The word "audit" can make anyone break out in a sweat, but a little understanding about what it is and how the Internal Revenue Service (IRS) works may make you more comfortable. Some audits are no big deal; some can be onerous. Once you identify the type of tax audit that’s being conducted, you'll know—or at least have a better sense of—what’s involved. So dry your brow, and let's begin.
- Understanding the different types of IRS audits can help you handle them.
- A correspondence audit is handled through letters. The simplest type just says you owe more funds. A more serious type asks for documents, usually to support a deduction.
- In an office audit, the IRS asks to interview you in person regarding specific items on your return.
- In a field audit, an IRS agent comes to your home, your place of business if you’re the owner, or your accountant’s office to do a general examination of your records.
As the name implies, correspondence audits are handled through written correspondence; the mail.
The Simple Letter
The first type of correspondence is a simple letter sent to you by the IRS to claim you owe the government money. While this missive is not technically an audit, the failure to resolve it may cause the initial matter to devolve into one.
A simple letter from the IRS can result from:
- A math error on your part on your tax return (for example, you meant to report $2,500 in income but only reported $500, so you owe taxes on the omitted $2,000).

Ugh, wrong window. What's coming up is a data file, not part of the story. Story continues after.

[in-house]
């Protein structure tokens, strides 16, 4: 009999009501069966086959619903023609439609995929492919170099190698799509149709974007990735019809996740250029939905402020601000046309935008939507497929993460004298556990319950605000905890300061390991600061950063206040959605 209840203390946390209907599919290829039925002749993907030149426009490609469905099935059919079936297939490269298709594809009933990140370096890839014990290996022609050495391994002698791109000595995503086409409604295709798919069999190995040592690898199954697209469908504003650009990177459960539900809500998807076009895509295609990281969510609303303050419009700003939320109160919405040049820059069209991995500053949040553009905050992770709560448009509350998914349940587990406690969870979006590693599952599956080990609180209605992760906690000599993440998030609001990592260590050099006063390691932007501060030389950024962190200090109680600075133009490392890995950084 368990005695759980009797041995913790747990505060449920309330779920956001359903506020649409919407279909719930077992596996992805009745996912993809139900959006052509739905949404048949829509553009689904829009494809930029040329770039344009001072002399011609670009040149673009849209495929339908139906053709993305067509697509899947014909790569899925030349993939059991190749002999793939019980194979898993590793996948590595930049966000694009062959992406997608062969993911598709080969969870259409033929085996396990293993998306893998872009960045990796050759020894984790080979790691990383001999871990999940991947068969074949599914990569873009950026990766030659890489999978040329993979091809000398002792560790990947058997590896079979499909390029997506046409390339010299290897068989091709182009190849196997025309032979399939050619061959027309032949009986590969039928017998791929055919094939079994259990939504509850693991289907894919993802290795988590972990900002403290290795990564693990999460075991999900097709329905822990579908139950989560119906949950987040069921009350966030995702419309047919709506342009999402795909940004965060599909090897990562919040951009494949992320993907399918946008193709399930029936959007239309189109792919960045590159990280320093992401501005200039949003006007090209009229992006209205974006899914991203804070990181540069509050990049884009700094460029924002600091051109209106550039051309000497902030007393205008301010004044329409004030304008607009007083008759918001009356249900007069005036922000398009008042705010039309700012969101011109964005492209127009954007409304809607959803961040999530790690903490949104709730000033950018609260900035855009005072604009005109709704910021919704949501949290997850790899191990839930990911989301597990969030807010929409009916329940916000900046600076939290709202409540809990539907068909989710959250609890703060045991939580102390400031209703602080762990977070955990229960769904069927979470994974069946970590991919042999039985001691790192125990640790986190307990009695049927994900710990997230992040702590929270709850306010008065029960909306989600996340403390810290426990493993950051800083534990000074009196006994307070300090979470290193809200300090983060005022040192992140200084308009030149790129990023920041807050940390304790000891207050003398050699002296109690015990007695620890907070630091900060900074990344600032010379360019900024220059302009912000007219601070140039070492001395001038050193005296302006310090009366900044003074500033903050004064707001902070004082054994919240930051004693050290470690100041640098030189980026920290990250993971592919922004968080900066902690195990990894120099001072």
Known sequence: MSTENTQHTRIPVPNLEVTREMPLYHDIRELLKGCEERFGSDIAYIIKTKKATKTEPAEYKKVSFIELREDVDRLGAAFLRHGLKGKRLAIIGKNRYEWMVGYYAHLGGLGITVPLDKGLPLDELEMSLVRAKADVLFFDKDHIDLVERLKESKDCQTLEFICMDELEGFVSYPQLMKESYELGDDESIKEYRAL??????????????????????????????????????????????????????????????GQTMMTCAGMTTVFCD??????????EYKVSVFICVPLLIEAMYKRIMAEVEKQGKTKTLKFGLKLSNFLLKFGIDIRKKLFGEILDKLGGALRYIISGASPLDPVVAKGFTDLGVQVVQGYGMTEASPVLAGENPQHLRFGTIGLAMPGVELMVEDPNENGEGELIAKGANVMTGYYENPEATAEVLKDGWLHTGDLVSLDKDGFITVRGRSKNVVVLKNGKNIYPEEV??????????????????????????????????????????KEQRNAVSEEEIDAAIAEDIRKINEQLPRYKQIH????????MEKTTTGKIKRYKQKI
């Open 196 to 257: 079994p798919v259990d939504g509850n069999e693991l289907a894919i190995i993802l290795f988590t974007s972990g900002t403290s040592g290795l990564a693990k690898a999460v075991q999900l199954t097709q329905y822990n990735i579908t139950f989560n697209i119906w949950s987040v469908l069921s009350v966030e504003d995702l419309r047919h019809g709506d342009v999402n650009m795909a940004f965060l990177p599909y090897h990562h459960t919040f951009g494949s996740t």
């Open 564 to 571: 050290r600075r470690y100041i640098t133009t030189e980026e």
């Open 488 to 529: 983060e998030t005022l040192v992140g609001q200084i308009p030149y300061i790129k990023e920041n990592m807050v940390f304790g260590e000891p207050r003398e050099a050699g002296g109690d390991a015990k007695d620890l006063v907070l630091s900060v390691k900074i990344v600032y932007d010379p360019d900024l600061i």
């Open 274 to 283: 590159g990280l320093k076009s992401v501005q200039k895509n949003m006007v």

- An omission of income on your tax return that’s been reported to the IRS on another form (e.g., your W-2 Form, 1099 Form for certain investments or independent contractor wages, or Schedule K-1 for an interest in a partnership, S corporation, trust, or estate).
If you get such a letter, you can agree that the fault was yours and pay the bill (taxes, interest, and, in some cases, penalties), something you can decide yourself if the mistake is obvious and wholly yours. Or you can disagree and proceed to further examination of the specific items in contention (which may continue to be handled by correspondence or on the telephone).
You may want to bring in a tax professional if you don’t feel comfortable arguing your position (e.g., the IRS says you didn’t include income on your return that you, and your preparer, believe is not taxable).
The Audit Letter
The second type of letter you may get from the IRS is one asking for certain documents to support a deduction or other position taken on your return. This a real, albeit small, audit: a correspondence audit. Maybe the IRS wants to see a written acknowledgment from a charity for a donation you made and deducted; maybe you need to supply a canceled check or credit card receipt for another deductible expense. Mailing in the requested proof can easily resolve the issue.
If you don’t have the proof, you may want to pay up in order to close the matter (e.g., the amount involved is minimal and you believe your time is better spent in other pursuits). You can continue to argue your point through IRS channels (all of which will be spelled out in further correspondence from the IRS), and ultimately litigate (if the issue is significant enough to justify your time and the cost of a professional if you choose to have representation).
Note: If you paid a pro (a CPA or other accountant) to prepare your return, they can deal with all this as your representative, but may charge by the hour for this service. If you used tax return preparation software, you may have audit representation if the program gave it to you or you bought it.